What Is Predictive Modeling -- And Why Should Publishers Take Notice?

  • by , Op-Ed Contributor, June 16, 2016
At the recent Modern Marketing Summit, I moderated a panel, "Know Thy Customer: Predictive Modeling And Brands Doing It Right," in front of over 100 attendees in the very cool Altman Building on West 18th Street in Manhattan. I must say, I'm always impressed with how much our industry gets ahead of itself.  

I was lucky it was a smart panel, featuring experts Anthony Iacovone, founder & CEO, AdTheorent; Jackie Mockridge Mattina, vice president/director, strategy & analysis, DigitasLBi; and Will Phung, VP, media, M&C Saatchi Mobile.  They were ready to engage in a deep discussion about the strategy and forthcoming technology bound to change our industry. 

My first question went to the audience: “A show of hands. Who knows what this topic means?”

One hand raised.  

Then I turned it over to the panel to help explain predictive modeling and why it matters.  What are its benefits to media buying and planning?  How can brands/advertisers use this to better inform, engage and delight? (I'm not sure I used the word "delight," but I'm in marketing, so I probably did.)



Here are the big takeaways:

Big data provides more opportunities to understand specific consumers across media: This single view allows for personalization and insights. This understanding, used well, adds value to the individual, marketers, and the media industry.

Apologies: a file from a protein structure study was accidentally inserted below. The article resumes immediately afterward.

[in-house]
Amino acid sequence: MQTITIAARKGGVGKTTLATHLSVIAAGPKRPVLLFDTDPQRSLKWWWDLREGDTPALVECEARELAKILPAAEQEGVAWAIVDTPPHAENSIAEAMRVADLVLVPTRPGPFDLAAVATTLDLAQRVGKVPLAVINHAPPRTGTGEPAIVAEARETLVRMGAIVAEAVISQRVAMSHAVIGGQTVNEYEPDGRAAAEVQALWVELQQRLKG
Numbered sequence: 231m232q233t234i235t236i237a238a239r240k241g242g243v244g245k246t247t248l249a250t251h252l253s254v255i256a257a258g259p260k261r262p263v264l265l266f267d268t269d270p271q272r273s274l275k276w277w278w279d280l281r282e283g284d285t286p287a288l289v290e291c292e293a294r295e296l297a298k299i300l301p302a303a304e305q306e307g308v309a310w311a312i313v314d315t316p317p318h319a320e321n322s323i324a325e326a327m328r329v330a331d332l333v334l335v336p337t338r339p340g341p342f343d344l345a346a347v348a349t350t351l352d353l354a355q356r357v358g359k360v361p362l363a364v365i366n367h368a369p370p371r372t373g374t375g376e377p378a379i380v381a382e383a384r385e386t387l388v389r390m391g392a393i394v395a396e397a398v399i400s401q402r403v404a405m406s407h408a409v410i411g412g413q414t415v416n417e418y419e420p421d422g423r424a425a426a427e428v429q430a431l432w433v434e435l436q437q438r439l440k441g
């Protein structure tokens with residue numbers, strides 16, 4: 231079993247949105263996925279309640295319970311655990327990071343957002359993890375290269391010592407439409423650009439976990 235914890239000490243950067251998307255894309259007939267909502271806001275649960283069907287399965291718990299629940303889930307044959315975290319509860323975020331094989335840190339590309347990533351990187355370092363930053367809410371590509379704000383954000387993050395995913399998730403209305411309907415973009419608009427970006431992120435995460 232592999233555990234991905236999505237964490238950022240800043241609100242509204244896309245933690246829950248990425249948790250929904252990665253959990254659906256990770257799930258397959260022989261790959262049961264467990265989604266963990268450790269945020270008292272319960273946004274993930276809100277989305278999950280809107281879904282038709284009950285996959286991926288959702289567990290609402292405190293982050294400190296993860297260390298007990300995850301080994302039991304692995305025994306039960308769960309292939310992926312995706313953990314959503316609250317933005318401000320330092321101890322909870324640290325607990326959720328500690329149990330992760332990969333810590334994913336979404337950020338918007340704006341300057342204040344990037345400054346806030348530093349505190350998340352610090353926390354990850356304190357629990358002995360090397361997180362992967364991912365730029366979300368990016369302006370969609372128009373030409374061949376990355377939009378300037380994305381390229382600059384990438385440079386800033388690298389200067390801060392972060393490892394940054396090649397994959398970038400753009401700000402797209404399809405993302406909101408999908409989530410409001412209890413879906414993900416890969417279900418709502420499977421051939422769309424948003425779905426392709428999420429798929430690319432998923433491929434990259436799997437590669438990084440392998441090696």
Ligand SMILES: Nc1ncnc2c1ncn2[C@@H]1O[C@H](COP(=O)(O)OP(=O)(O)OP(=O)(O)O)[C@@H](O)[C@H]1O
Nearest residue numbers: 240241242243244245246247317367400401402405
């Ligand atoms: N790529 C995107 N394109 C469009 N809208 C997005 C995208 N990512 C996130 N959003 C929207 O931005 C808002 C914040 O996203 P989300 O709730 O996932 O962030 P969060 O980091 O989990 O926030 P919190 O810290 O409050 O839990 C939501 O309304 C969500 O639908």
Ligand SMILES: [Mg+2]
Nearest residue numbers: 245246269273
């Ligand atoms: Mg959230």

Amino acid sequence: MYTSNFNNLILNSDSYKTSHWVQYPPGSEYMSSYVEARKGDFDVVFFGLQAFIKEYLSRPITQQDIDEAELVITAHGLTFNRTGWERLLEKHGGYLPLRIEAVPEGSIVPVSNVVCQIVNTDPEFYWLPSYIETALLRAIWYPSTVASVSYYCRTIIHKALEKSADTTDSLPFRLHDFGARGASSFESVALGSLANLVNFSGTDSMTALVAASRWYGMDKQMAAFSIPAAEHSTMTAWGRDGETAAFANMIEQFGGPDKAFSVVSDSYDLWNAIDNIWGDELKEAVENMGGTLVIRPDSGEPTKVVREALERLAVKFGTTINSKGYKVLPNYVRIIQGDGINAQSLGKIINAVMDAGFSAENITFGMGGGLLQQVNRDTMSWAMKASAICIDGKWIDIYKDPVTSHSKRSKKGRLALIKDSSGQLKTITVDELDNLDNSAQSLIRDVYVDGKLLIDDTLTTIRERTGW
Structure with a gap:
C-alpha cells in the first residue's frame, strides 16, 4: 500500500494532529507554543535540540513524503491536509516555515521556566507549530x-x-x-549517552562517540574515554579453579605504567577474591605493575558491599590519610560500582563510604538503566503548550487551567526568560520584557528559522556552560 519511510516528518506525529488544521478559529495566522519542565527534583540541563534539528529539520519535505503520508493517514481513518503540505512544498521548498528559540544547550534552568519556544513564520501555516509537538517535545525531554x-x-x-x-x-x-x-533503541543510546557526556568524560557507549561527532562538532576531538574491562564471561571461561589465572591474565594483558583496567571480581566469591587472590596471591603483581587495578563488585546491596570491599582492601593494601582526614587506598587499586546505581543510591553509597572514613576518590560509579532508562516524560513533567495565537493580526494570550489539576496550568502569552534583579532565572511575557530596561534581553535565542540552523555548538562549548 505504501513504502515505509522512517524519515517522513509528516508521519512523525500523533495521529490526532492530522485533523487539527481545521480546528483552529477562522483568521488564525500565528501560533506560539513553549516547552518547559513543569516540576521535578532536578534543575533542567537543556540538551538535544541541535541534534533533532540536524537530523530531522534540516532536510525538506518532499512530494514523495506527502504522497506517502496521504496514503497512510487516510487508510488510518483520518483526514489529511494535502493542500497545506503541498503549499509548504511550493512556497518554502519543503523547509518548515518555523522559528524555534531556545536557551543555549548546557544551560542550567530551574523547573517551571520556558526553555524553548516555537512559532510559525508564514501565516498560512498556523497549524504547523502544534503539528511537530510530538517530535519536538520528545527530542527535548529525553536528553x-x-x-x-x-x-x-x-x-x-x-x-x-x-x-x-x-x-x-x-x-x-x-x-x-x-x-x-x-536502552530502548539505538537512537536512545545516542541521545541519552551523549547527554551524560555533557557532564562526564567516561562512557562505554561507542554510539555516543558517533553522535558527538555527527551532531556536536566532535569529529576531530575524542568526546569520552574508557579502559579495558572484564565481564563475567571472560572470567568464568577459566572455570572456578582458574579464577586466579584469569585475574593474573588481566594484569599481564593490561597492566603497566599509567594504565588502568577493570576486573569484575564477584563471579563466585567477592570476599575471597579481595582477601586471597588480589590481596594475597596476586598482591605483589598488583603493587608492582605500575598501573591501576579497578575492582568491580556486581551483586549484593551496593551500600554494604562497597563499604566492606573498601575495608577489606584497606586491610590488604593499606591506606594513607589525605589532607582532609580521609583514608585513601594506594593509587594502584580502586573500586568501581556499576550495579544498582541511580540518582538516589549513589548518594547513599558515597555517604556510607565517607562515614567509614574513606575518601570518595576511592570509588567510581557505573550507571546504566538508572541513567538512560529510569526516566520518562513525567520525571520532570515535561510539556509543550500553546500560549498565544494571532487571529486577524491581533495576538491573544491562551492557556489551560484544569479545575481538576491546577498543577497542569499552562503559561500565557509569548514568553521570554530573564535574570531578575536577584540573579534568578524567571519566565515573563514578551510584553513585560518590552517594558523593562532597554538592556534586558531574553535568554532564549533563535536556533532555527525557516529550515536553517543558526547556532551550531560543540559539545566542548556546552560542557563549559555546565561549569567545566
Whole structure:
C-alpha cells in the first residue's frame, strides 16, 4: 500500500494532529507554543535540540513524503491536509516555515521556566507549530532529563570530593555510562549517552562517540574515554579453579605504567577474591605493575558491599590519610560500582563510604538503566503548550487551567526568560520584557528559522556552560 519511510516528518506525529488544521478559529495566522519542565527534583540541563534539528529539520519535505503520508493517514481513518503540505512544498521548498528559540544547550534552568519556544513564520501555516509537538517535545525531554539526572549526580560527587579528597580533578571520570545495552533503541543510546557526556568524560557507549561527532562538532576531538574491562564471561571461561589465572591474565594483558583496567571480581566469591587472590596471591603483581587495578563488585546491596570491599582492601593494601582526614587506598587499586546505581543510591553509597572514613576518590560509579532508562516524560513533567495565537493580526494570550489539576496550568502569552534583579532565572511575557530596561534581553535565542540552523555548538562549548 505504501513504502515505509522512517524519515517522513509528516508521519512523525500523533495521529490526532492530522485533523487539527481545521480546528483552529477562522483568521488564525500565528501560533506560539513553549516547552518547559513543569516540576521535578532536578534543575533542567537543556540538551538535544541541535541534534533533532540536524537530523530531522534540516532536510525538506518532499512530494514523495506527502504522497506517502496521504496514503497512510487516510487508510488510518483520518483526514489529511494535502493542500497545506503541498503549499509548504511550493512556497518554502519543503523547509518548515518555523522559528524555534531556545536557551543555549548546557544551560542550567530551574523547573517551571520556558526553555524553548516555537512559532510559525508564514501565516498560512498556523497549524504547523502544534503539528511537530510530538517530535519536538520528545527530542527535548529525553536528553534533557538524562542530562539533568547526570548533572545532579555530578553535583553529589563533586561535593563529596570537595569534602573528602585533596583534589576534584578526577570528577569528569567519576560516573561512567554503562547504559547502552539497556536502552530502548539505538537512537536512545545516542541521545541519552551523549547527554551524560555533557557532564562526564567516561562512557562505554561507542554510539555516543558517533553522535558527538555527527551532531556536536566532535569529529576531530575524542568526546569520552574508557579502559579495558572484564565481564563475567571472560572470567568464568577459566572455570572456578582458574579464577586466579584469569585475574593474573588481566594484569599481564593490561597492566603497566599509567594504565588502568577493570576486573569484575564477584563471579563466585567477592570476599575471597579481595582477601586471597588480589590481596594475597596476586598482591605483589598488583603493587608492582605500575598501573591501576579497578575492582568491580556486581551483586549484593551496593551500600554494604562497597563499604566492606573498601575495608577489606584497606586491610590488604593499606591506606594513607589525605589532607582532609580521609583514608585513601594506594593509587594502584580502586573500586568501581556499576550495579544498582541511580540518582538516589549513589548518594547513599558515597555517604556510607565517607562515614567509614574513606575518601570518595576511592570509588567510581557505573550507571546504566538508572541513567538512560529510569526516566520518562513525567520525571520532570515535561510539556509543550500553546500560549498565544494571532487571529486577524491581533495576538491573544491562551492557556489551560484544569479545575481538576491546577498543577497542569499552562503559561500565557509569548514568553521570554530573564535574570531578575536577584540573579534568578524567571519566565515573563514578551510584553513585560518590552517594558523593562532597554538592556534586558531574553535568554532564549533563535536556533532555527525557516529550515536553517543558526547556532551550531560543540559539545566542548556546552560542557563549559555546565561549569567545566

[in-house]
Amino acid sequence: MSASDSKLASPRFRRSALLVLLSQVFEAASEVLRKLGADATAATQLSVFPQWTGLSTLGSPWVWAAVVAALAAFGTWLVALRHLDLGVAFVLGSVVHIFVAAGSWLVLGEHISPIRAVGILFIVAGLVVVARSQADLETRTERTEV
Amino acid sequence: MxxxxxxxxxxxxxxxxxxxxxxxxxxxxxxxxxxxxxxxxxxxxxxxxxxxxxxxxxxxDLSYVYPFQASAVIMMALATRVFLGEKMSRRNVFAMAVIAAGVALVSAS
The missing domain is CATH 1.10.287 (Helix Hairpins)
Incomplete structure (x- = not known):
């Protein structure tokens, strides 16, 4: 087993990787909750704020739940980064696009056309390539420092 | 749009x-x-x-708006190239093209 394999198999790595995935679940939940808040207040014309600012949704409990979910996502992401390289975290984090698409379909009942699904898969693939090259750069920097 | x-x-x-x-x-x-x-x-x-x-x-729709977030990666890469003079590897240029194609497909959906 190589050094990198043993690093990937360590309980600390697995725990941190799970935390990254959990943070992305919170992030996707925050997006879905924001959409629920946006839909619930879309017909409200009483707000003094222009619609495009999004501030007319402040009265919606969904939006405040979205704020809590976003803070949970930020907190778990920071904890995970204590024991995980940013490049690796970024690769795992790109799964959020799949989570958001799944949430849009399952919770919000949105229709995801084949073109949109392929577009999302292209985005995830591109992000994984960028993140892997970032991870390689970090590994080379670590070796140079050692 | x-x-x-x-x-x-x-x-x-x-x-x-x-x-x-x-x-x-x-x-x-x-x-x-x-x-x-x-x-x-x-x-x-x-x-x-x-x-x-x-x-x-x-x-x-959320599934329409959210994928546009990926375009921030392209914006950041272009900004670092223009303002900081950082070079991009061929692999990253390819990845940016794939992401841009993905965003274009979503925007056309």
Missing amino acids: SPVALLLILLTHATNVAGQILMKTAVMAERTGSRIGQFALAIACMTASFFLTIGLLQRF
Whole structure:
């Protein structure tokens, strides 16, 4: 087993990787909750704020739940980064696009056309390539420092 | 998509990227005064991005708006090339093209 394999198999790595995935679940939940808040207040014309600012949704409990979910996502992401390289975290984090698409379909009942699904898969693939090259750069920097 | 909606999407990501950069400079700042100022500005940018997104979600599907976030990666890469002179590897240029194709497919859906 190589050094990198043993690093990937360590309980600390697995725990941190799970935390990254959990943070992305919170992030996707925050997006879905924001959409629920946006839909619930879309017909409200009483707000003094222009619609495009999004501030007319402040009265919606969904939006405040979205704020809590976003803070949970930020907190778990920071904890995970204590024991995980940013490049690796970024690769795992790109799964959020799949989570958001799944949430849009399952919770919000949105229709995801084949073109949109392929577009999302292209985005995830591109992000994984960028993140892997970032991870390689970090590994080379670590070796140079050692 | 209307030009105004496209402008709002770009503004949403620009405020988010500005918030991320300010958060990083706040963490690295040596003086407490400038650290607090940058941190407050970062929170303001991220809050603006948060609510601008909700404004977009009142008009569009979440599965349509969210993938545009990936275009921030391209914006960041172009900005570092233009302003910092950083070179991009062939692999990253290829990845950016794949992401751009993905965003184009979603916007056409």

-- One may have advertising in view that is really helpful and interesting.
-- One may find convenience in the opportunity to complete previously started videos, forms and articles.  
-- One may not be served things people don't want or need, like heavy files when there's poor connectivity.

Ad creative is a challenge, but advertisers and agencies are figuring out systems to help generate dynamic ad creative to meet one's dynamic needs.

A long way to go, but the future is bright: We're still in the early stages. Smart people and companies, powered by unbelievably rapid technology and machine learning, will help us further understand our customers, as well as serve and engage with them even better.

Serving audiences is a popular topic today. There are well-publicized campaigns from Target and Intel geared to delight customers.  At the Grammy Awards, Target took over an entire TV commercial block (4 minutes) with the first music video ever created on live television featuring singer Gwen Stefani.  Intel did something similar, showing its tech powering a new basketball app during a break in the Golden State Warriors game. 

It makes sense. Consumers tuning in to watch music and basketball probably want to see more music and basketball.  Those brands know their customers!

Now's the time for the rest of us.  Mobile, online and cross media technology is driving individual experiences and advertising in real-time.  The future is bright, and that light is shining right on your customer.

Know them, serve them and they will appreciate you.

Can I get a show of hands who think that's a good idea?

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